She has degenerative eye disease. She takes all his clothes and shoes before bed and has hit him with her cane and sucker punches him in the gut in the middle of the night. Some of this is on video. She accuses the "girlfriends" of moving her clothes in her closets during the night and taking her jewelry. (My father in law shuffles as he walks.) She also shoves a chair under the door knob to keep him in his room so he won't "cheat". He stays and takes the abuse because, "she needs me to help her." What can we do? He is of sound mind and she seems to be in front of professionals.

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my moms primary dr. never seemed to do anything regarding her memory. dr finally asked me one day (in front of/in my moms presence) (dr visits can be awkward)
if we would like a referral to a geriatric dr.

the geriactric dr apt was great! someone who listened and understood moms behavior.

mom was constantly STUCK (in her head)on a story about being robbed. her bank info stolen etc.(resides AL)

other stories - phone calls, people in hallways, stolen newspapers, people talking about her (like they know her personal history and they are gossiping about her)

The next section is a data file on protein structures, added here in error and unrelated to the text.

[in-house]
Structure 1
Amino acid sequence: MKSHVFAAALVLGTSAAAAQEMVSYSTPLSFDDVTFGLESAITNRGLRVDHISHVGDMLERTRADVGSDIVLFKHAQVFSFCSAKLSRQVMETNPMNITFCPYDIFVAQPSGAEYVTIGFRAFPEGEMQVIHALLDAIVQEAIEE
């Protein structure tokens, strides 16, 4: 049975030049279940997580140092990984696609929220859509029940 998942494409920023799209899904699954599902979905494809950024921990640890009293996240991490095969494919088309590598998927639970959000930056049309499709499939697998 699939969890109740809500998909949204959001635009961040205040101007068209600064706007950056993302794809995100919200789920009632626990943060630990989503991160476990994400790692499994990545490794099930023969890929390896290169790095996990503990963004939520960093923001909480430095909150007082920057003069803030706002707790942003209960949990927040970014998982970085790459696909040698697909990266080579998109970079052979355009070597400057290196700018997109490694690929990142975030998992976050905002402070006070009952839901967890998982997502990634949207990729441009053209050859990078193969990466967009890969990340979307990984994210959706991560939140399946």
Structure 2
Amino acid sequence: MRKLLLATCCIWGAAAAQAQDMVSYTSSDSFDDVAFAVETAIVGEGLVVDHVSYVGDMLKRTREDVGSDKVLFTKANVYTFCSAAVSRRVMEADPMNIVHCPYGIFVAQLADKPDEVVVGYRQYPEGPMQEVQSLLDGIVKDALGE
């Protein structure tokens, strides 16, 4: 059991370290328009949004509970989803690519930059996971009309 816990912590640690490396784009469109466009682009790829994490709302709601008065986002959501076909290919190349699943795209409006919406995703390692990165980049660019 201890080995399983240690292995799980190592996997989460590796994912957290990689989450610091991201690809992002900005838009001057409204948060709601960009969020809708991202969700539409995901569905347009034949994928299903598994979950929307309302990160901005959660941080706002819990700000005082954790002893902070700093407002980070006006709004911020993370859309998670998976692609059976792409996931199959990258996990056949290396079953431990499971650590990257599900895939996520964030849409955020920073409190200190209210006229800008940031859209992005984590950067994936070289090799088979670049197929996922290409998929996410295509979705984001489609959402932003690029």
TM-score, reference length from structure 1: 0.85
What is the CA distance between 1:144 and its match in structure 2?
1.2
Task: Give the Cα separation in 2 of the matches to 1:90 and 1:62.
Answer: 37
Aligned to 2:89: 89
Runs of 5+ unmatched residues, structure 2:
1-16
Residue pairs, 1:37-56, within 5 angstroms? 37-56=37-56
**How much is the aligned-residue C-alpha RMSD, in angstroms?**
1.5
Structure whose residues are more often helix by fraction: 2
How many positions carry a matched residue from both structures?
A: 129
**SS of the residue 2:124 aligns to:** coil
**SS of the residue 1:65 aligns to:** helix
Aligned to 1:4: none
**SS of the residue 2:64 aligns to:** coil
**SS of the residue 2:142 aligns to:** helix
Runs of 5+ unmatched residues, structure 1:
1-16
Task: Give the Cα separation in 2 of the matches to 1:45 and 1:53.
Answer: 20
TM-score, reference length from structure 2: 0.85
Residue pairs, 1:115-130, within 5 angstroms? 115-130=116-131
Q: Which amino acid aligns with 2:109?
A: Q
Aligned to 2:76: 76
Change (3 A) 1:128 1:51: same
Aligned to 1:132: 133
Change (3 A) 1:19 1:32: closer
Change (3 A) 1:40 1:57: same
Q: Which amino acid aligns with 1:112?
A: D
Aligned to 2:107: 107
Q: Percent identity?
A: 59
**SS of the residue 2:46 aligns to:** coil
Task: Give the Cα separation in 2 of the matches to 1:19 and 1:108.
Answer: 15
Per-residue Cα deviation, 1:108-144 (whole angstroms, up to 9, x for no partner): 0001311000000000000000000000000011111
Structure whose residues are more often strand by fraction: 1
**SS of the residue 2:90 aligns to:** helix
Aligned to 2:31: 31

Im probably forgetting more examples

but geriatric dr put her on low dose Citalopram. So far it does seem to keep her not "so worried."

Geriatric dr did not put her on any Alzheimer's meds which Im ok with.
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DPerez, here is an article I found here on Aging Care that will help you understand what is happening, and some suggestions on what to do.

As for your Mom-in-Law being fine in front of professionals, it is possible for someone who has dementia to do what is called "showtiming" where the person can act very normal. It is a mystery how a person can do this, it is very real.
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I hope there are no guns in the house.
Perhaps you should get her to the proper medical professional before she needs a lawyer.
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Being competent means you can make your own bad decisions, and that YOU can't force placement.

It doesn't mean that this situation should continue.

Get mom to either a geriatric psychiatrist or geriatrician and tell her/him what's going on.

Get dad to a neurologist for a workup of the shuffle. Parkinsons? Normal Pressure Hydrocephalus? It's not normal aging.
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